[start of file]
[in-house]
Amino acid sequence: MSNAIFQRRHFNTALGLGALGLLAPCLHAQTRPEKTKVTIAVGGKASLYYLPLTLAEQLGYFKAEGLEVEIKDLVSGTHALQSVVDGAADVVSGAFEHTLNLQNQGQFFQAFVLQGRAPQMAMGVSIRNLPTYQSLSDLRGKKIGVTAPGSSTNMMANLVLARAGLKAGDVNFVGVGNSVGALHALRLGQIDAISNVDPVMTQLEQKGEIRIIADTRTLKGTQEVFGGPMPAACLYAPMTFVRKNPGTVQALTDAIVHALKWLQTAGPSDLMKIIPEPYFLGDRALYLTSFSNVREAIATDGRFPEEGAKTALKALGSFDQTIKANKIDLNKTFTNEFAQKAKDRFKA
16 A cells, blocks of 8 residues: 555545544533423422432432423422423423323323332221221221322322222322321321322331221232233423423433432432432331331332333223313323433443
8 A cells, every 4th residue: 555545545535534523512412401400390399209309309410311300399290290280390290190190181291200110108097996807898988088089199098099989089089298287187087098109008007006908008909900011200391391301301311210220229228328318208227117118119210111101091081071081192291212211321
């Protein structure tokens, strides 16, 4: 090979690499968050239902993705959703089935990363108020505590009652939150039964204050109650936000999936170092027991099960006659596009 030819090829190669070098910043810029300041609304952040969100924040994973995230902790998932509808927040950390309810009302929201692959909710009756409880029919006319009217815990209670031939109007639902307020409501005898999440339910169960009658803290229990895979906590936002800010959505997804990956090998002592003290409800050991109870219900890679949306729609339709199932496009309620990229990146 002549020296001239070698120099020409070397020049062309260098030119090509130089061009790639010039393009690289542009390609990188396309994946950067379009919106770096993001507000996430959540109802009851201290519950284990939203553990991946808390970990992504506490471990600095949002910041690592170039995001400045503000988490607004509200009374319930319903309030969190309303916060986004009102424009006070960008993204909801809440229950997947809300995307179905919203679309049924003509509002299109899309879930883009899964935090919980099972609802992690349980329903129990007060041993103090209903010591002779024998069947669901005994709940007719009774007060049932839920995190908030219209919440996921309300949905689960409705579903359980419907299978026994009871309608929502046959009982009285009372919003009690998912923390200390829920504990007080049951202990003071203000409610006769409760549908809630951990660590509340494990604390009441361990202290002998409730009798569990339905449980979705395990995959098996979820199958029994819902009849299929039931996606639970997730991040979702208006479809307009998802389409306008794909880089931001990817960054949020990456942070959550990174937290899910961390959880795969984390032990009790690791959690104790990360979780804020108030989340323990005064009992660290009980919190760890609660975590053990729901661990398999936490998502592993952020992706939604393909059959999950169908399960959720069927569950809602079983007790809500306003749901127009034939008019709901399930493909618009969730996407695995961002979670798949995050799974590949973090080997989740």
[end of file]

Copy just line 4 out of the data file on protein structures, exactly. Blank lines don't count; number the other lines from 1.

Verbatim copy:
8 A cells, every 4th residue: 555545545535534523512412401400390399209309309410311300399290290280390290190190181291200110108097996807898988088089199098099989089089298287187087098109008007006908008909900011200391391301301311210220229228328318208227117118119210111101091081071081192291212211321